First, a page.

Roberta Smith
New York Times
May 30, 2003

John Newman
Von Lintel Gallery
555 West 25th Street, Chelsea
Through tomorrow

The sculptor John Newman seems intent on developing an idea from the early 1960’s that was lost in the Minimalist deluge: Donald Judd's ecumenical notion of ''specific objects.'' It was a term -- a compliment -- that Judd applied to three-dimensional works he felt eschewed the materials, techniques and associations of traditional sculpture. These included the efforts of John Chamberlain, Lee Bontecou, Dan Flavin, Ken Price and Lucas Samaras, as well as, eventually, his own.

For a nearly two decades, Mr. Newman has been extending Judd's idea by making sculptures that are, in essence, assemblages of several highly disparate specific objects. The 13 tabletop pieces in his latest show bristle with difference. Each is an awkward, even garish constellation of three or four parts that hail from different universes in terms of form, cultural reference, taste and fabrication.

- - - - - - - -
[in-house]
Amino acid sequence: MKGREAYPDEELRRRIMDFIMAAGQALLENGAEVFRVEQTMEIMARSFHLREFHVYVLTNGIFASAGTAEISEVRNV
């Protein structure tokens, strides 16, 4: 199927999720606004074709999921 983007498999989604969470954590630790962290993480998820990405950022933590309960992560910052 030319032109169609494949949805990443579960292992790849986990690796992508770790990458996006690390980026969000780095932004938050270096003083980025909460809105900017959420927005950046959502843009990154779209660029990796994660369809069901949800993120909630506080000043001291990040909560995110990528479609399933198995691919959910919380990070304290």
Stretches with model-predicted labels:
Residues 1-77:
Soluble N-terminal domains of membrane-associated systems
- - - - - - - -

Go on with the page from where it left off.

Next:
To give an idea, among the many materials employed here are wicker, cast and forged bronze, tulle, mirrored glass, gilded paper, stone, bright enamel and sisal. ''Saffron Writer's Block With Blowback'' begins with gridded double helix of dark blue wire, proceeds to a gorgeous orange chunk of extruded aluminum that resembles a fat glob of pure pigment, segues upward into a flaring, curving form of palest pink and culminates in a flat upper surface that serves as a pedestal for a crumpled piece of paper.

The results vary between abstract kitsch and dysfunctional design, suggesting a collaboration between Jorge Pardo, Frank Stella and Peter Saul. When Mr. Newman's pieces work, which is not always, their contorted, discontinuous forms have an outrageous, ebullient, disorienting energy, like art in drag.